Most people can’t feed themselves anymore because they’re dependent “on companies who don’t want to feed you to make you healthy, but to make money,” she added.
“Even though we won this [battle], there’s one right behind it,” said Kaiman, adding that if people want farms, then they need to support their local farmers.
Kaiman added that when people see food companies reporting record profits, it should send up red flags. The only way to get those profits, she noted, is by investing little in their product and exploiting the environment and farmers.
An adversarial relationship?
Despite the legal change, Kaiman believes that some of Vermont’s agricultural regulations are still “ridiculous.”
For example, raw-milk farmers still can’t make and sell butter because of a fear of introducing harmful bacteria. But, said Kaiman, butter can’t grow harmful bacteria because it doesn’t contain any liquid to host it.
Kaiman drops some of the difficulties farmers face at the door of the Agency of Agriculture.
She described the agency’s approach to farming as more “adversarial” than its counterpart agencies in states such as New Hampshire and Maine.
When Kaiman started Jersey Girls, older farmers told her that she should rely on other farmers for technical concerns, rather than the Agency of Agriculture, because the agency might “shut [her] down.”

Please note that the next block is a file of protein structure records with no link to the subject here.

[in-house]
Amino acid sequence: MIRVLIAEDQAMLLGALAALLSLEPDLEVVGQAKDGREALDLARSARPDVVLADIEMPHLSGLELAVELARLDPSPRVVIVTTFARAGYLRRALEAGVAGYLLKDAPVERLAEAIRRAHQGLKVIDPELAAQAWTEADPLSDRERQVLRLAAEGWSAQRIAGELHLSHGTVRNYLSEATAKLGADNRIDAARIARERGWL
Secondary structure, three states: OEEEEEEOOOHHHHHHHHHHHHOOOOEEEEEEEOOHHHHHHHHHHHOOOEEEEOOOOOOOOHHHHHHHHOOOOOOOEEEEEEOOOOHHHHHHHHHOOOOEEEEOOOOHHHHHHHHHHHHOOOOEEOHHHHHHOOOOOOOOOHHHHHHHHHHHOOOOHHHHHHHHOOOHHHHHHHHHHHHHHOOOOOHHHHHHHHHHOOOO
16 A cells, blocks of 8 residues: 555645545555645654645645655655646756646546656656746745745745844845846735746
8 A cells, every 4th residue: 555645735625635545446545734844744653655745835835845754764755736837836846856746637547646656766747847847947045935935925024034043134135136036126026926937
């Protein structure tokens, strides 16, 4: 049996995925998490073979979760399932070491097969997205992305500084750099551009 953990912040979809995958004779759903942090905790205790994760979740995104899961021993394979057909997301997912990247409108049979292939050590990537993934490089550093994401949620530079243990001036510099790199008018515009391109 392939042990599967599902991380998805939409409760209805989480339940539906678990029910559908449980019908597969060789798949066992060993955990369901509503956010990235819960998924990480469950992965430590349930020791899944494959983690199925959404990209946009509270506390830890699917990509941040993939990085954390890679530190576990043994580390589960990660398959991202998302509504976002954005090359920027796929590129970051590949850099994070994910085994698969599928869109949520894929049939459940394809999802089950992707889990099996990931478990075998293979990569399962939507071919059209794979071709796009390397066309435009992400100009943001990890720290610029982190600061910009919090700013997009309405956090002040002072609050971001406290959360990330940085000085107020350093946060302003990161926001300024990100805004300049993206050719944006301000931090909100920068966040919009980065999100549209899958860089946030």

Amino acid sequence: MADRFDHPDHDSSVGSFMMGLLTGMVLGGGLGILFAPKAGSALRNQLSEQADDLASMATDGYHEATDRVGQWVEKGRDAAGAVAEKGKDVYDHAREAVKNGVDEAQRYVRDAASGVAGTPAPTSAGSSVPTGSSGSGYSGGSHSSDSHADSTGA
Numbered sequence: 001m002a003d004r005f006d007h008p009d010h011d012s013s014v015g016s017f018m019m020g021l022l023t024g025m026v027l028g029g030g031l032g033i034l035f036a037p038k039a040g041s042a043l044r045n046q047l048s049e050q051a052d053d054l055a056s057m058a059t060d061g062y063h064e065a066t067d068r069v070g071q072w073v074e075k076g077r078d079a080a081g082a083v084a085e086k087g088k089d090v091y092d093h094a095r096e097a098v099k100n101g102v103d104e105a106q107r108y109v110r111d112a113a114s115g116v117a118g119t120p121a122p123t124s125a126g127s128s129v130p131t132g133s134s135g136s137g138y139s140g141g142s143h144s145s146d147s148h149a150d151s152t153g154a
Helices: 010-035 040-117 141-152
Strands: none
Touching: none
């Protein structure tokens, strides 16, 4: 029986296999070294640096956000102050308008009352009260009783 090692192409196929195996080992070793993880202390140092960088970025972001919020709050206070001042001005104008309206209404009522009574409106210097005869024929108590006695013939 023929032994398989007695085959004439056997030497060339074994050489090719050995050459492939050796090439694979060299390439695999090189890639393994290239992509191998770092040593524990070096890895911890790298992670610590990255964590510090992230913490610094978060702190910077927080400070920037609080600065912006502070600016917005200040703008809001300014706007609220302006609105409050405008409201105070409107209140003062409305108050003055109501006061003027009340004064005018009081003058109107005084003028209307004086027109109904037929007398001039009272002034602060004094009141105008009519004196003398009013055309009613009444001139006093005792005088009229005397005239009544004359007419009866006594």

Kaiman wonders whether this advice derived from the fact that the agency oversees both agriculture and food safety, creating a possible conflict of interest.
Local food is safe, Kaiman insisted, and word would travel fast if local farmers engaged in bad practices that made customers sick.
To follow up on the success of the raw-milk bill, Rural Vermont is in the early stages of a Food Sovereignty Campaign. Unlike the raw-milk bill, for which the advocacy group worked mostly within the Legislature, Girard said that the campaign would operate at a grassroots, town-by-town level.
The campaign’s aim, she said, is to ensure that people can buy and sell locally without the “burdensome requirements that block honest, pure, and simple transactions” between customers and producers.
For her part, Bothfeld said that it concerns her that some farmers feel they can’t contact her agency without fear of punishment.
She said that the agency works with people so that they can meet regulations and inspections. In turn, the doors are open wide for farmers and food producers, like cheesemakers, who have new products to market.
Bothfeld added that the agency also helps farmers and producers to develop business plans, training, and other resources.
“We show them, ‘This is how you get there.’ We don’t come in and drop a hammer,” she said.